Whistling at the Burlington Arcade

Paul McCartney gets a companion

A schoolboy has become only the second person in the world who's allowed to whistle in the Burlington Arcade. Chatting the other day to one of the beadles (the Piccadilly shopping arcade's beautifully-uniformed security force), I learned that Paul McCartney - until now the only person allowed to break the ban - has been joined by a young chap from East London.

Whistling at the Burlington Arcade

The story of how the ban came to be introduced in the 19th century was covered in a previous blog post, but essentially it was because the whistle was a coded signal to pickpockets warning them that the beadles were approaching. One day in the 1980s a beadle asked a shopper to stop whistling, only to discover that it was Paul McCartney. He granted Macca a lifetime exemption from the ban. (The beadle I spoke to the other day told me that when McCartney was first showing his current wife Nancy around London he brought her to the arcade and said: ‘Go on - tell her I'm allowed to whistle here.')

So the Beatle was the only person permitted to break the ban ... until now. In 2011, a young boy was brought to the arcade by his uncle. ‘He was only a strip of a lad,' the beadle told me, ‘about six years old. He was going through a tough time on the family front, and because of that things weren't going too well for him at school either. We started chatting to him, telling him about the arcade and its history and everything, and he loved it. Eventually we said to him: “Tell you what - if you can get a good report at school, you come back here and we'll give you a permit to whistle."'

Then earlier this year the boy's uncle returned to the arcade. He told the beadles that the boy (by now about ten) had indeed been working hard, and had received a good school report. So the arcade printed up a document with his name on it, confirming that he is allowed to whistle while on the premises. ‘His uncle brought him along again, and we reminded him what we'd promised. Then we gave him the permit. You should have seen his face. Lit up, it did. '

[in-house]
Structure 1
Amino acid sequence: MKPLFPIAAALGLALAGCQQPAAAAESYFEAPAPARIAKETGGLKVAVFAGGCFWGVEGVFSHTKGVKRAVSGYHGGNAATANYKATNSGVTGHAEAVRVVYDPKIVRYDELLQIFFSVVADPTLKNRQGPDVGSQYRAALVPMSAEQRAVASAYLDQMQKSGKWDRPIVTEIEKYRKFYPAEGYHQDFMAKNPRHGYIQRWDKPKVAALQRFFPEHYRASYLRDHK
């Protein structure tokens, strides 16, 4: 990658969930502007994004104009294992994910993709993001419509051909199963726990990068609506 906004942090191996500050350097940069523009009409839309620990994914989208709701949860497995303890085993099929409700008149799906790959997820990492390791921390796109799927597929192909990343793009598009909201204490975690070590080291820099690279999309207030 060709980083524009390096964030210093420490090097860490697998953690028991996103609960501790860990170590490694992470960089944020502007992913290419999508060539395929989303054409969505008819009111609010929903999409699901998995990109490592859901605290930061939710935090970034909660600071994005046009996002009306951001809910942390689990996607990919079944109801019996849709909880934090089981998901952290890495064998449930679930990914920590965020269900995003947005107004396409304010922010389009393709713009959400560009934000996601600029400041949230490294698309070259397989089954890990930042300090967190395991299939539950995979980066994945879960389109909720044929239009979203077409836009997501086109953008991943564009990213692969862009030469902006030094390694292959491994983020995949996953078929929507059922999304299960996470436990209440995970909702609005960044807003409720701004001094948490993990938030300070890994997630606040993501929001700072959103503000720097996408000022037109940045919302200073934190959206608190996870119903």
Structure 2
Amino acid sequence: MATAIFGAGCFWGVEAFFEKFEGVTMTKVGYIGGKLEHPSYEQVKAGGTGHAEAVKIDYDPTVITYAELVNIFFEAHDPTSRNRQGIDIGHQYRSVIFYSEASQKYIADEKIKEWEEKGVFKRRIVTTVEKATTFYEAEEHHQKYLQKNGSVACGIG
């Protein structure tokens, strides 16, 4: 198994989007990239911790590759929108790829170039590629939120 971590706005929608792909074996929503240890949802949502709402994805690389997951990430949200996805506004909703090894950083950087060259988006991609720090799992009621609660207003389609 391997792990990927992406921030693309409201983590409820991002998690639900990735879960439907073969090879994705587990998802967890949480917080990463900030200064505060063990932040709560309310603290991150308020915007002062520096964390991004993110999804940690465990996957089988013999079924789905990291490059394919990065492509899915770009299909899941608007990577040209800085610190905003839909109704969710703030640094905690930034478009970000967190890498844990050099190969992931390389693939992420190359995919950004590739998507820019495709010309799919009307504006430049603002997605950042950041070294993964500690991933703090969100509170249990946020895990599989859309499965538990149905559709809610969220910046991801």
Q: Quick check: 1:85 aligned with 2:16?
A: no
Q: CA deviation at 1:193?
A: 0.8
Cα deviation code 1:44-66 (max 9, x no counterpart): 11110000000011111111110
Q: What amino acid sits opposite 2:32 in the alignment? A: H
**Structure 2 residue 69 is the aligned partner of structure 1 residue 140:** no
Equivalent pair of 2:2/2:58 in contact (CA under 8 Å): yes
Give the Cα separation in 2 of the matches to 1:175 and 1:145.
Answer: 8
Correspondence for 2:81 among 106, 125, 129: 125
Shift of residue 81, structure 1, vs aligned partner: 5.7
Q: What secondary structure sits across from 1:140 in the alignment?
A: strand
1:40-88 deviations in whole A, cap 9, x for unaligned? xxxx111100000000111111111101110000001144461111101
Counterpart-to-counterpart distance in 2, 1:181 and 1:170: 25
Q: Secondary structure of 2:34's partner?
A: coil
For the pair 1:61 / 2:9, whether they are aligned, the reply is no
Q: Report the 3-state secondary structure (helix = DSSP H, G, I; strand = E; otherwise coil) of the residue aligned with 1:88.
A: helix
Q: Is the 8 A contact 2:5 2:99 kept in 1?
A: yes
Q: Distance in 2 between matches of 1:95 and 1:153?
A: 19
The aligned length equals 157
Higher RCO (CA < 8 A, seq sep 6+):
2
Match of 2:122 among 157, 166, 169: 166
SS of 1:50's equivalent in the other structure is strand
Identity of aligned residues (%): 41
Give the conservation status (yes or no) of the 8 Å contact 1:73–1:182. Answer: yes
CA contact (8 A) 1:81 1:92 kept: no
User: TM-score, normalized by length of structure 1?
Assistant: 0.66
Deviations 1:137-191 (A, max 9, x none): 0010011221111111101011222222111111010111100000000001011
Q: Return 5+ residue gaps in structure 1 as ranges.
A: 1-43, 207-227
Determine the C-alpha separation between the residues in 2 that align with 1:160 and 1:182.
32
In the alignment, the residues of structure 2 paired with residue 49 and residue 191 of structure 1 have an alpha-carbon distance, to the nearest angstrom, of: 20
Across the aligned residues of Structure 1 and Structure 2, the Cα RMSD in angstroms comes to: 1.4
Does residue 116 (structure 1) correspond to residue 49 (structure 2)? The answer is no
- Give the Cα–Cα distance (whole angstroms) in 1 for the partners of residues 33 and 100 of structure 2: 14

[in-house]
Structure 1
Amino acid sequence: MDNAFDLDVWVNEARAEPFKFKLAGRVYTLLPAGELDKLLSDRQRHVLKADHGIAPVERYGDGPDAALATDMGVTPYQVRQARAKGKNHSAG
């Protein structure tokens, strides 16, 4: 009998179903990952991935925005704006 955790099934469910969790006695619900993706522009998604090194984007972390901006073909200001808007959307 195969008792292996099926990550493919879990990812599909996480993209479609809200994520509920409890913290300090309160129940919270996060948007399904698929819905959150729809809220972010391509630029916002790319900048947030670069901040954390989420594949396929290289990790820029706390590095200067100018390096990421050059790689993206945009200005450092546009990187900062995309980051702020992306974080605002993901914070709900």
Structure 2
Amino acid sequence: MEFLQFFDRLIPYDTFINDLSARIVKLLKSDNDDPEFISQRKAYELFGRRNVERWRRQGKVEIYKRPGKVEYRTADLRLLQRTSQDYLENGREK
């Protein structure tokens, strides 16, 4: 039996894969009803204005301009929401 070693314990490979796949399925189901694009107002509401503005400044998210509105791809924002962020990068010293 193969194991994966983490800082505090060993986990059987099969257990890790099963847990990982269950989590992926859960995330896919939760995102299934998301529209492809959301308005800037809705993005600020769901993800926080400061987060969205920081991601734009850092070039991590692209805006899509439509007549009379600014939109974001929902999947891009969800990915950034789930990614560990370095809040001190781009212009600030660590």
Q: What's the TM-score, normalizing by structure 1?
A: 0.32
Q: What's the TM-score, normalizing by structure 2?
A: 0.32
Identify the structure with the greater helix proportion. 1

Well played, Burlington Arcade. And well played that boy.  

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Rubik's Cube

A Rubik’s cube has more combinations than light travels inches in a century. This is my favourite illustration of how a very small number of factors can produce an absurdly complicated situation. A silly little toy, with only three squares in each of its three dimensions. How can that get complicated? Well, as anyone who's ever tried to solve one just by guessing will tell you, it gets very complicated. The number of possible combinations is 43,252,003,274,489,856,000. Forget billions - that's 43 quintillion and change. (In fact the cube's manufacturers just said ‘billions' in their advertising, figuring that no one would know what a quintillion was. It's a billion billion.) The number of inches light travels in a century, meanwhile, is a mere 37,165,049,856,000,000,000. Or thereabouts.